Customized breast cancer risk assessment in an ambulatory clinic: a portal for identifying women at risk
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Existing high-risk clinic models focus on patients with known risk factors, potentially missing many high-risk patients. Here we describe our experience implementing universal risk assessment in an ambulatory breast center.
Since May 2017, all breast center patients completed a customized intake survey addressing known breast cancer risk factors and lifestyle choices. Patient characteristics, family history, risk scores, and lifestyle factors were examined; patients with high-risk breast lesions were excluded. Patients were considered at increased risk by model thresholds Gail 5-year risk > 1.7% (35–59 years), Gail 5-year risk > 5.5% (≥ 60 years), or Tyrer–Cuzick (T–C) v7 lifetime risk > 20% (any age).
From May 2017–April 2018, there were 874 eligible patients—420 (48%) referred for risk assessment (RA) and 454 (52%) for non-specific breast complaints (NSBC). Overall, 389 (45%) were at increased risk of breast cancer. Gail 5-year risks were similar between RA and NSBC patients. However, RA patients more frequently met criteria by T–C score (P = 0.02). Of all patients at increased risk, 149 (39%) were overweight (BMI > 25) or obese (BMI > 30) and only 159 (41%) met recommended exercise standards. NSBC patients who met criteria were more frequently smokers (8% vs 1%, P < 0.01); all other demographic/lifestyle factors were similar among high-risk patients regardless of referral reason.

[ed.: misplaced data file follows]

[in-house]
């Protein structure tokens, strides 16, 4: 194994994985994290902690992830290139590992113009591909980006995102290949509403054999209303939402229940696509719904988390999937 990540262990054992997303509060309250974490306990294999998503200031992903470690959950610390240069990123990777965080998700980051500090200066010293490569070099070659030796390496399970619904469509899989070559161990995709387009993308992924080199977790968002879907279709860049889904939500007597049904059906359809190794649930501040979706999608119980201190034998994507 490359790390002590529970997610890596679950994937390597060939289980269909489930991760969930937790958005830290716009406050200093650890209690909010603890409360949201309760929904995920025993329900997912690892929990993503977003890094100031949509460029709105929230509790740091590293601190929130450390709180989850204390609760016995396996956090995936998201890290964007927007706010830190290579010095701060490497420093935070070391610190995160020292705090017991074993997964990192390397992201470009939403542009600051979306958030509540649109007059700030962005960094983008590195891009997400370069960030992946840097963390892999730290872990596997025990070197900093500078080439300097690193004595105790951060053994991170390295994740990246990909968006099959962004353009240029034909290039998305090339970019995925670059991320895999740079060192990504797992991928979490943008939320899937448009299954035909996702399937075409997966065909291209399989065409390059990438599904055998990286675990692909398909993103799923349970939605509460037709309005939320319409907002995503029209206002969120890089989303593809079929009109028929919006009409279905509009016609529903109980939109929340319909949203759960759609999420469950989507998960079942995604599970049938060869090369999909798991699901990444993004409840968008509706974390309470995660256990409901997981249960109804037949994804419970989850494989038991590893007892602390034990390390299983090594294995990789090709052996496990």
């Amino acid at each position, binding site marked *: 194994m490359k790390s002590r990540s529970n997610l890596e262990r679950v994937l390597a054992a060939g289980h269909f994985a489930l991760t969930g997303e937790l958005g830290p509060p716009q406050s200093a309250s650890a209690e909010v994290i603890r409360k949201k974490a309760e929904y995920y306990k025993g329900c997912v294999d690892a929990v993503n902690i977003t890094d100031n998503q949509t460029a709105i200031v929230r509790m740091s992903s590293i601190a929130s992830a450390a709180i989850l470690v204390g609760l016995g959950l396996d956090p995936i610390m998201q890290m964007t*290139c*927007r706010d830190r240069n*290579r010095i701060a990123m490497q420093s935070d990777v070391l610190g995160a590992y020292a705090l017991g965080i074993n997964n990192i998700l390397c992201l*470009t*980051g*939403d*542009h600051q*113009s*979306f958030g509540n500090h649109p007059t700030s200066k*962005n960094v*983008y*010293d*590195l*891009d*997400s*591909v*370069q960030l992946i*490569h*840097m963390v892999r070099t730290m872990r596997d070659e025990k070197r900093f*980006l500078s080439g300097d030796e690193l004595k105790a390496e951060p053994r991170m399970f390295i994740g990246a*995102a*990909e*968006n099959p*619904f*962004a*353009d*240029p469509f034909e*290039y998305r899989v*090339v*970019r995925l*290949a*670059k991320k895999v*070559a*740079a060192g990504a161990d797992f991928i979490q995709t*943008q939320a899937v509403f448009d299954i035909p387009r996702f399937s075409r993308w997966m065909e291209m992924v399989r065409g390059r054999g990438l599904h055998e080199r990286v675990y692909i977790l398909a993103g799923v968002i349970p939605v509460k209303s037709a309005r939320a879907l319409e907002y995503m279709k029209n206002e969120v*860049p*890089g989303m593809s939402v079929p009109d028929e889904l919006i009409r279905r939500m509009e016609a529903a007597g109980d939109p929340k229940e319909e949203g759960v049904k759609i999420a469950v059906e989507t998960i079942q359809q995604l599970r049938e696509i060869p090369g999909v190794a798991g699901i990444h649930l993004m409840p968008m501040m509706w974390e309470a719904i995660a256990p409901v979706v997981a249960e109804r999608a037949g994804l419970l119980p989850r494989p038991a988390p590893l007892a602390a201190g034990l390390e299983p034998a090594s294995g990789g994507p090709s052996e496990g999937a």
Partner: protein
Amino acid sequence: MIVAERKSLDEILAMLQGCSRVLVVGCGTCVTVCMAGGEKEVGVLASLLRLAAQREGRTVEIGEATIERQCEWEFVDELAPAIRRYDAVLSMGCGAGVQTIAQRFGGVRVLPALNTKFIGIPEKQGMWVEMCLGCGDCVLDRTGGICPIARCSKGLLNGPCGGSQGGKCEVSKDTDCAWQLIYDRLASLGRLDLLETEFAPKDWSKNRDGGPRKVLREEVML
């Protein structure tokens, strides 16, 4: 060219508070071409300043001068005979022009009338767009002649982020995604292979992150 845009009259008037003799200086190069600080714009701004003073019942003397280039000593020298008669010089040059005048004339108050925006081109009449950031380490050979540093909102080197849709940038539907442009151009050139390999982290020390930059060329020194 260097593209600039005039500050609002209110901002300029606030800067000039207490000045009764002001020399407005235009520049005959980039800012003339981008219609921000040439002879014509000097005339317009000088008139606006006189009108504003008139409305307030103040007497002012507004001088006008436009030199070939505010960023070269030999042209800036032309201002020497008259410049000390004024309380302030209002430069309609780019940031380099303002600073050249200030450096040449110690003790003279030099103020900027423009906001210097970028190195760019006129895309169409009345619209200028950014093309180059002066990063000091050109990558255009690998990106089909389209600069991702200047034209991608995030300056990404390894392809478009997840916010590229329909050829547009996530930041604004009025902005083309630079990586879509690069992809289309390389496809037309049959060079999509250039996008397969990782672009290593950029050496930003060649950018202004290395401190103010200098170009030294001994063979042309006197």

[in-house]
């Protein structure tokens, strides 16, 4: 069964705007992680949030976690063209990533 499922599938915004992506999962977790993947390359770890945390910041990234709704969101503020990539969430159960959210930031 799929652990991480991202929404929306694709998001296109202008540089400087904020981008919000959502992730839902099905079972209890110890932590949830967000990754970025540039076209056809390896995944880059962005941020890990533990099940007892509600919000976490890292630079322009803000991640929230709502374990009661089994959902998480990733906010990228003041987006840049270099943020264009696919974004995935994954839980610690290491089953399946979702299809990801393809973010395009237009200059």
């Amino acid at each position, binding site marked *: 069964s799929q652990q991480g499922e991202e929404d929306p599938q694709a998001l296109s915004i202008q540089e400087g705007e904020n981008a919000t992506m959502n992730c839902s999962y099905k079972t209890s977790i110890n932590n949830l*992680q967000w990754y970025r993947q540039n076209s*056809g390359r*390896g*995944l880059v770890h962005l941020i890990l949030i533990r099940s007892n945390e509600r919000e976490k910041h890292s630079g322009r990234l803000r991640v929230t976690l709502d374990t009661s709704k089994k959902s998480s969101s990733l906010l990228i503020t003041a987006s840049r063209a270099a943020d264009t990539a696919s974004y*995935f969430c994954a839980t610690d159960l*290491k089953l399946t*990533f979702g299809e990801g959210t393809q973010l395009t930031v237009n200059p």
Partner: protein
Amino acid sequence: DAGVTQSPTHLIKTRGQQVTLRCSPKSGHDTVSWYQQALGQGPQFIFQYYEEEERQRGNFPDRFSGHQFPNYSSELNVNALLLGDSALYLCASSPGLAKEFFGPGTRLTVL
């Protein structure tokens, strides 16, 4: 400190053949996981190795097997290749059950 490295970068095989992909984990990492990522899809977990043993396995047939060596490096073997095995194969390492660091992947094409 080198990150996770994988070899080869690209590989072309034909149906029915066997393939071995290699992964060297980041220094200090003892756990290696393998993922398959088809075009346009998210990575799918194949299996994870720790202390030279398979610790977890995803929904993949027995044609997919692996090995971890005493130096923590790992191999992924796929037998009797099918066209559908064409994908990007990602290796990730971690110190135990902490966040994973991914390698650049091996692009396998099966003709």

Universal risk assessment in a comprehensive breast health center identified 45% of our population to be at increased risk of breast cancer. This clinical care model provides a unique opportunity to identify and address modifiable risk factors among women at risk.
KeywordsBreast cancer Risk assessment High-risk program Modifiable risk factors Prevention
This research is funded by a grant from the Susan G. Komen foundation.
Compliance with ethical standards
Conflict of interest
JA Suskin reports stock ownership in Pfizer, Thermo Fisher, and Danaher (owned by immediate family members). JE Garber reports a consultant/advisory role for Helix Genetics. TA King reports a consultant/advisory role for Genomic Health. None of these affiliations influenced this work. All other authors report no conflicts.
All procedures performed in studies involving human participants were in accordance with the ethical standards of the institutional and/or national research committee and with the 1964 Helsinki Declaration and its later amendments or comparable ethical standards.
The study was approved by the Brigham and Women’s Hospital Institutional Review Board as a low risk study and approved with waiver of consent.
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